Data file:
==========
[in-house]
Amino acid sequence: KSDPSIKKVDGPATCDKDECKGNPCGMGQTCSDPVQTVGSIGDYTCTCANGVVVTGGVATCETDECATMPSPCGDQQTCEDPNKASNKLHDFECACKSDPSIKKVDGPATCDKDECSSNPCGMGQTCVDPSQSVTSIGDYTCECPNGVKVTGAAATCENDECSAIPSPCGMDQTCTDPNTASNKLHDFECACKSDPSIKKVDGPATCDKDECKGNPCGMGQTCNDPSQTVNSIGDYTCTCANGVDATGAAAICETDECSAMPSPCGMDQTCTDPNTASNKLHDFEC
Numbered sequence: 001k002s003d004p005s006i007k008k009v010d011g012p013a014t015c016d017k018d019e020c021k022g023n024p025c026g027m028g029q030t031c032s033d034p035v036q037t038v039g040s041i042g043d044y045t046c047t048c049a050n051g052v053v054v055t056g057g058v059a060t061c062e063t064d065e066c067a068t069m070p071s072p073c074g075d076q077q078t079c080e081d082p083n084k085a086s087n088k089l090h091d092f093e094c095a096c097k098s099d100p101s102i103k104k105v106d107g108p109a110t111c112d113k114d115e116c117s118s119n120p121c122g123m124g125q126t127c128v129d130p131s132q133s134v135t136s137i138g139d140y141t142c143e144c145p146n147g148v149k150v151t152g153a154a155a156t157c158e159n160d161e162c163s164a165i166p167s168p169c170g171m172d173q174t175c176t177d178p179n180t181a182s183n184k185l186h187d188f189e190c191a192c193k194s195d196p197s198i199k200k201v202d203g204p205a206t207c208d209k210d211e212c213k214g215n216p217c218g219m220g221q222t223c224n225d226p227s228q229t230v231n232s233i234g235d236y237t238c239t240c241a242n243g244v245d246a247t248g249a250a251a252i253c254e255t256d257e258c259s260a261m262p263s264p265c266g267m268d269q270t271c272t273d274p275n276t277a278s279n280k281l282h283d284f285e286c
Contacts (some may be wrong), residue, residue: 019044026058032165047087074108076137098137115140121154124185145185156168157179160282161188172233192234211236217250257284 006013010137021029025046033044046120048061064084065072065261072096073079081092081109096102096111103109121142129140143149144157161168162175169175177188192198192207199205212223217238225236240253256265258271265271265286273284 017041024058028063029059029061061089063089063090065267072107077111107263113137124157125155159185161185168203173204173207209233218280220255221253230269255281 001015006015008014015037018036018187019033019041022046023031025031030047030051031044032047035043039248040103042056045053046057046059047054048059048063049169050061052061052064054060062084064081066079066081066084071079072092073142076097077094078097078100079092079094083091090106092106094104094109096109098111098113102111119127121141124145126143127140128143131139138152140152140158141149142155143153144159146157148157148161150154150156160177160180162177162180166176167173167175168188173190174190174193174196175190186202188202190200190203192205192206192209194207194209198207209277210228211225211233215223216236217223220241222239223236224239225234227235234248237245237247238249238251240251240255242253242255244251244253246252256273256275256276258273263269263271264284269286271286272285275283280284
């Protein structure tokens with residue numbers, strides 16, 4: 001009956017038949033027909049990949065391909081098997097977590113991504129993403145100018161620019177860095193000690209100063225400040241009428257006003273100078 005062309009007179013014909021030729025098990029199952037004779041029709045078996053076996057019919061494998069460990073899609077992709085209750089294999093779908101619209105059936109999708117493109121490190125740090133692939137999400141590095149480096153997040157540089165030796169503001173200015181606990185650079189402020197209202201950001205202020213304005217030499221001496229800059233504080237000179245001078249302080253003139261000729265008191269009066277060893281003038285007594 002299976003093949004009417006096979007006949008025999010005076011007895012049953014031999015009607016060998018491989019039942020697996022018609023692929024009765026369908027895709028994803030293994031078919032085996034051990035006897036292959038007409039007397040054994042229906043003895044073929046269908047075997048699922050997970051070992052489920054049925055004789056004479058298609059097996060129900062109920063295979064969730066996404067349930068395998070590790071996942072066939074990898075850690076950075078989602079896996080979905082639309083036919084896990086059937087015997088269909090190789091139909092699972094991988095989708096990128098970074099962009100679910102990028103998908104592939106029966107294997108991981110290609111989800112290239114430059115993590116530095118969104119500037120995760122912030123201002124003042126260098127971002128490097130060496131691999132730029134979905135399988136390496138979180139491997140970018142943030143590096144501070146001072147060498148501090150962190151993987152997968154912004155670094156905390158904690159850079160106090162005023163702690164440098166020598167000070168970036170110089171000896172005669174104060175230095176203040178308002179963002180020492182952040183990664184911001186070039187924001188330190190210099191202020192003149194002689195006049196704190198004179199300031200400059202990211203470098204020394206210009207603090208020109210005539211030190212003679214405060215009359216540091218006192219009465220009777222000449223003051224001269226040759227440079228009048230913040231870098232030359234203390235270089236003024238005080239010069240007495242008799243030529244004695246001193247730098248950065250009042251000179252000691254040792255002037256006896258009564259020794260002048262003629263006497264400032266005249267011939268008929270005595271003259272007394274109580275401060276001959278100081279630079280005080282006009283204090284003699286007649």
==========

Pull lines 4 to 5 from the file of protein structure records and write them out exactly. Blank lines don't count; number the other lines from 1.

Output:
Contacts (some may be wrong), residue, residue: 019044026058032165047087074108076137098137115140121154124185145185156168157179160282161188172233192234211236217250257284 006013010137021029025046033044046120048061064084065072065261072096073079081092081109096102096111103109121142129140143149144157161168162175169175177188192198192207199205212223217238225236240253256265258271265271265286273284 017041024058028063029059029061061089063089063090065267072107077111107263113137124157125155159185161185168203173204173207209233218280220255221253230269255281 001015006015008014015037018036018187019033019041022046023031025031030047030051031044032047035043039248040103042056045053046057046059047054048059048063049169050061052061052064054060062084064081066079066081066084071079072092073142076097077094078097078100079092079094083091090106092106094104094109096109098111098113102111119127121141124145126143127140128143131139138152140152140158141149142155143153144159146157148157148161150154150156160177160180162177162180166176167173167175168188173190174190174193174196175190186202188202190200190203192205192206192209194207194209198207209277210228211225211233215223216236217223220241222239223236224239225234227235234248237245237247238249238251240251240255242253242255244251244253246252256273256275256276258273263269263271264284269286271286272285275283280284
């Protein structure tokens with residue numbers, strides 16, 4: 001009956017038949033027909049990949065391909081098997097977590113991504129993403145100018161620019177860095193000690209100063225400040241009428257006003273100078 005062309009007179013014909021030729025098990029199952037004779041029709045078996053076996057019919061494998069460990073899609077992709085209750089294999093779908101619209105059936109999708117493109121490190125740090133692939137999400141590095149480096153997040157540089165030796169503001173200015181606990185650079189402020197209202201950001205202020213304005217030499221001496229800059233504080237000179245001078249302080253003139261000729265008191269009066277060893281003038285007594 002299976003093949004009417006096979007006949008025999010005076011007895012049953014031999015009607016060998018491989019039942020697996022018609023692929024009765026369908027895709028994803030293994031078919032085996034051990035006897036292959038007409039007397040054994042229906043003895044073929046269908047075997048699922050997970051070992052489920054049925055004789056004479058298609059097996060129900062109920063295979064969730066996404067349930068395998070590790071996942072066939074990898075850690076950075078989602079896996080979905082639309083036919084896990086059937087015997088269909090190789091139909092699972094991988095989708096990128098970074099962009100679910102990028103998908104592939106029966107294997108991981110290609111989800112290239114430059115993590116530095118969104119500037120995760122912030123201002124003042126260098127971002128490097130060496131691999132730029134979905135399988136390496138979180139491997140970018142943030143590096144501070146001072147060498148501090150962190151993987152997968154912004155670094156905390158904690159850079160106090162005023163702690164440098166020598167000070168970036170110089171000896172005669174104060175230095176203040178308002179963002180020492182952040183990664184911001186070039187924001188330190190210099191202020192003149194002689195006049196704190198004179199300031200400059202990211203470098204020394206210009207603090208020109210005539211030190212003679214405060215009359216540091218006192219009465220009777222000449223003051224001269226040759227440079228009048230913040231870098232030359234203390235270089236003024238005080239010069240007495242008799243030529244004695246001193247730098248950065250009042251000179252000691254040792255002037256006896258009564259020794260002048262003629263006497264400032266005249267011939268008929270005595271003259272007394274109580275401060276001959278100081279630079280005080282006009283204090284003699286007649």